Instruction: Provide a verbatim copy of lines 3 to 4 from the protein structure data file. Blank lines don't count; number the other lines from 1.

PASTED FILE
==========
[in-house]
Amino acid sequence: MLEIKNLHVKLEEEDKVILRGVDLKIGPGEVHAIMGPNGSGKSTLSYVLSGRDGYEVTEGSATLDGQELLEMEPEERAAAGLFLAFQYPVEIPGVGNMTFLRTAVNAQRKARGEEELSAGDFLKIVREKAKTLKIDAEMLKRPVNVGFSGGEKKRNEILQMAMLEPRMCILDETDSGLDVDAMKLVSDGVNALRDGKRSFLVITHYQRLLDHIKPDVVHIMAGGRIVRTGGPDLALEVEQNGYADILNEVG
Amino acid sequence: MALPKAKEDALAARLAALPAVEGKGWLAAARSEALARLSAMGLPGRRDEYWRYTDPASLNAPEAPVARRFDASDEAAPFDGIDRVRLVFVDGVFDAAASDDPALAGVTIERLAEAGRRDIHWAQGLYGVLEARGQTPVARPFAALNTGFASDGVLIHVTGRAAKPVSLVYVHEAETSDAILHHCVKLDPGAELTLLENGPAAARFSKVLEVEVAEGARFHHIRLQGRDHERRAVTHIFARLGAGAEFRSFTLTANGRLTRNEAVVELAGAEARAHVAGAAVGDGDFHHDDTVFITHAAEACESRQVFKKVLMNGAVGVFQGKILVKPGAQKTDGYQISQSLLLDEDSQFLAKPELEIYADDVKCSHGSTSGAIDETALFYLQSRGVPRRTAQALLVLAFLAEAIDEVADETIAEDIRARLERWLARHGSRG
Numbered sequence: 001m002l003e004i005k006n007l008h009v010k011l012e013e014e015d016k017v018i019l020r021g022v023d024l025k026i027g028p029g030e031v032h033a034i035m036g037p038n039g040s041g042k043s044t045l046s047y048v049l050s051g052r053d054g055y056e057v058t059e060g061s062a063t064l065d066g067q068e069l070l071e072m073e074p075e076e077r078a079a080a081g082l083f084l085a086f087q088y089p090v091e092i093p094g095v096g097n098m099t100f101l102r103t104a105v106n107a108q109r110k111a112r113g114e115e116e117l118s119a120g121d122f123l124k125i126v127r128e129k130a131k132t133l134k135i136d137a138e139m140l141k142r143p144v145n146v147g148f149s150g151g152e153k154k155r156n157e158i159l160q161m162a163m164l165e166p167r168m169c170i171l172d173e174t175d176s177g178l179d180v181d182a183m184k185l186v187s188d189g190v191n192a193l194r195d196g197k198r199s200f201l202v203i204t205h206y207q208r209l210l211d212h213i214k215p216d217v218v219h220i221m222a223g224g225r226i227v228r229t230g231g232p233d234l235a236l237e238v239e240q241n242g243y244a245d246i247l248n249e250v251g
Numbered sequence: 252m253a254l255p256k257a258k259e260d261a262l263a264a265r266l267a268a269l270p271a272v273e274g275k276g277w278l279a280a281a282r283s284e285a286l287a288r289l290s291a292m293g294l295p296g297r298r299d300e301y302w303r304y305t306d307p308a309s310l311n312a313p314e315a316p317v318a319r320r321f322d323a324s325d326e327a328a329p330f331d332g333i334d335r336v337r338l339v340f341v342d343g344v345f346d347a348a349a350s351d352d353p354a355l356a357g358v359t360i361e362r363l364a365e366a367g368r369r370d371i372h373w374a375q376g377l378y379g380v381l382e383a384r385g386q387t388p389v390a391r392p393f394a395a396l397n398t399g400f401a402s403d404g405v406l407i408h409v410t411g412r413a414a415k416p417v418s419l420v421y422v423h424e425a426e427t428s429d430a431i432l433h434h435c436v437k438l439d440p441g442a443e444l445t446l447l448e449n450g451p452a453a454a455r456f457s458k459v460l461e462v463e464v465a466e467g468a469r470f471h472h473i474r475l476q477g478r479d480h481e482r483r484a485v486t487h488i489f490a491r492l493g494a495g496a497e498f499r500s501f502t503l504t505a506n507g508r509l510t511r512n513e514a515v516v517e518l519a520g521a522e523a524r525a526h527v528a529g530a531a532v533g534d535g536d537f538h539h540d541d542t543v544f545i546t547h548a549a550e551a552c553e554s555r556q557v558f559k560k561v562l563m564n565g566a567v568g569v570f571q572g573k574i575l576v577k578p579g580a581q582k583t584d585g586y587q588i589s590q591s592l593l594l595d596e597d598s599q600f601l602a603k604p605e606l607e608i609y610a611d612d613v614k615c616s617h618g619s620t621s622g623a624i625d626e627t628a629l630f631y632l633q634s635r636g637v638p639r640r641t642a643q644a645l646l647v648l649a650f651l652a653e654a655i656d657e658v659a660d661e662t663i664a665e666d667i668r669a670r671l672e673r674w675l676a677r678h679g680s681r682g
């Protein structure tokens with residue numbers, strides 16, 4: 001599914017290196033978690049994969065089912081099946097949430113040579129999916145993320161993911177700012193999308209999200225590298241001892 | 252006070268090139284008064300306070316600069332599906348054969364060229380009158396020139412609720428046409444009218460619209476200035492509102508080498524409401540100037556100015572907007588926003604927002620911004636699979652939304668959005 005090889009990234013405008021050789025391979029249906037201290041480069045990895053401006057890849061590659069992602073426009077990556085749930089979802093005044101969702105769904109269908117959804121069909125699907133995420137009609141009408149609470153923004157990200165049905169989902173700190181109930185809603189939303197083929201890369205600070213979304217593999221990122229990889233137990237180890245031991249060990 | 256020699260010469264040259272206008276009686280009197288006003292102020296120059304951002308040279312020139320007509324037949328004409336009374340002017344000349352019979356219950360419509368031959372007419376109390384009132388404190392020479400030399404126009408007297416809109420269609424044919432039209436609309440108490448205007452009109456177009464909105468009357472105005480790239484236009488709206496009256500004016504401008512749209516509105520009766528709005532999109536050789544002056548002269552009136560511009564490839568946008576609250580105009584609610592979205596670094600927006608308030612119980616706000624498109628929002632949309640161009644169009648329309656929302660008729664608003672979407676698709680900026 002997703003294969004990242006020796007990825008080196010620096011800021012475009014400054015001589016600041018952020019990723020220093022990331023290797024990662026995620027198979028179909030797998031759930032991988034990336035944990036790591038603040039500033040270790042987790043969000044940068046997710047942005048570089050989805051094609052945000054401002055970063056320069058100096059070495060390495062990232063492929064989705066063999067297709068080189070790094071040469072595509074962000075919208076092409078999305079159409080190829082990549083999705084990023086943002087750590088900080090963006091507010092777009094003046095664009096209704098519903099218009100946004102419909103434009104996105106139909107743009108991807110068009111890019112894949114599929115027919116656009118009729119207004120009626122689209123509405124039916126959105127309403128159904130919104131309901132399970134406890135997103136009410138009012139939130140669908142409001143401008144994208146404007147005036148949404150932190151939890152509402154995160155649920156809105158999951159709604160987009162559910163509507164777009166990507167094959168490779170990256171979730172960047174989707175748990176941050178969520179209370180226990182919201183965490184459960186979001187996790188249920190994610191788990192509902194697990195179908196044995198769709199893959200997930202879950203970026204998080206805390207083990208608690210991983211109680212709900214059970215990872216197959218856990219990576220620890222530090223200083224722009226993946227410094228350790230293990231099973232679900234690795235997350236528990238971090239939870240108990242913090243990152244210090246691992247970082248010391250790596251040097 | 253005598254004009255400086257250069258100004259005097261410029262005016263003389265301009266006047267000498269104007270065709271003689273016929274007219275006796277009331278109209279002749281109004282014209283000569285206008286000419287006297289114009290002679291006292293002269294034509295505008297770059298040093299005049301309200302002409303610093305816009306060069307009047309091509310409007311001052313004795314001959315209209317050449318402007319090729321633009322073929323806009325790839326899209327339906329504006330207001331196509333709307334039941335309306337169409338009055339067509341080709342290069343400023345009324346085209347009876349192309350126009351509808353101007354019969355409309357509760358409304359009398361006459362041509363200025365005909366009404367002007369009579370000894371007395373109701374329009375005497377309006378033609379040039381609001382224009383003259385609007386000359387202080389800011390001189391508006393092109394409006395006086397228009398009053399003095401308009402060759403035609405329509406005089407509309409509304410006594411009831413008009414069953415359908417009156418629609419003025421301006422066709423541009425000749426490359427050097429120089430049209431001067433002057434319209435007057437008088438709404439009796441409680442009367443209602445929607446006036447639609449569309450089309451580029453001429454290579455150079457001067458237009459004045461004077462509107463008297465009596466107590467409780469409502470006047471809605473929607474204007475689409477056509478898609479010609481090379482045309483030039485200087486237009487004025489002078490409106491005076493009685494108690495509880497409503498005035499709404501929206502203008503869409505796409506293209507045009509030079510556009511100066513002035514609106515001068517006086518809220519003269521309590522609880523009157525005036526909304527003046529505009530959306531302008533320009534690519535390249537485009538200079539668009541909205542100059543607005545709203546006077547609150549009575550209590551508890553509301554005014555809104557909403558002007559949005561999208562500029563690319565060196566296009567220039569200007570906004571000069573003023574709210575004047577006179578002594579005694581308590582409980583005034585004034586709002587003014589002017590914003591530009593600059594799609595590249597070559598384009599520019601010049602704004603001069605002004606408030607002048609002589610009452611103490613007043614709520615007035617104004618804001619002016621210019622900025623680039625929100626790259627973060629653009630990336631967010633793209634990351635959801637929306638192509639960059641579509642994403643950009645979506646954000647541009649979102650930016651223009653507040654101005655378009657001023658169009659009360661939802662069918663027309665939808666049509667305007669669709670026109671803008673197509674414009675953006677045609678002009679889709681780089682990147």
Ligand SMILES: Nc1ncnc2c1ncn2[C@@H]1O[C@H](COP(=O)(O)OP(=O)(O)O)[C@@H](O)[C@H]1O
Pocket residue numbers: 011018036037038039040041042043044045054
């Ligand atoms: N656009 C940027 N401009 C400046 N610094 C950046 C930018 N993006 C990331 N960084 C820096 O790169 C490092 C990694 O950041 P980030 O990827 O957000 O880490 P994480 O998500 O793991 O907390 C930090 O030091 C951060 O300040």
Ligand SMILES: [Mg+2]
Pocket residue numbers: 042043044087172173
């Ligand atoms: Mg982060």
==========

Amino acid sequence: MALPKAKEDALAARLAALPAVEGKGWLAAARSEALARLSAMGLPGRRDEYWRYTDPASLNAPEAPVARRFDASDEAAPFDGIDRVRLVFVDGVFDAAASDDPALAGVTIERLAEAGRRDIHWAQGLYGVLEARGQTPVARPFAALNTGFASDGVLIHVTGRAAKPVSLVYVHEAETSDAILHHCVKLDPGAELTLLENGPAAARFSKVLEVEVAEGARFHHIRLQGRDHERRAVTHIFARLGAGAEFRSFTLTANGRLTRNEAVVELAGAEARAHVAGAAVGDGDFHHDDTVFITHAAEACESRQVFKKVLMNGAVGVFQGKILVKPGAQKTDGYQISQSLLLDEDSQFLAKPELEIYADDVKCSHGSTSGAIDETALFYLQSRGVPRRTAQALLVLAFLAEAIDEVADETIAEDIRARLERWLARHGSRG
Numbered sequence: 001m002l003e004i005k006n007l008h009v010k011l012e013e014e015d016k017v018i019l020r021g022v023d024l025k026i027g028p029g030e031v032h033a034i035m036g037p038n039g040s041g042k043s044t045l046s047y048v049l050s051g052r053d054g055y056e057v058t059e060g061s062a063t064l065d066g067q068e069l070l071e072m073e074p075e076e077r078a079a080a081g082l083f084l085a086f087q088y089p090v091e092i093p094g095v096g097n098m099t100f101l102r103t104a105v106n107a108q109r110k111a112r113g114e115e116e117l118s119a120g121d122f123l124k125i126v127r128e129k130a131k132t133l134k135i136d137a138e139m140l141k142r143p144v145n146v147g148f149s150g151g152e153k154k155r156n157e158i159l160q161m162a163m164l165e166p167r168m169c170i171l172d173e174t175d176s177g178l179d180v181d182a183m184k185l186v187s188d189g190v191n192a193l194r195d196g197k198r199s200f201l202v203i204t205h206y207q208r209l210l211d212h213i214k215p216d217v218v219h220i221m222a223g224g225r226i227v228r229t230g231g232p233d234l235a236l237e238v239e240q241n242g243y244a245d246i247l248n249e250v251g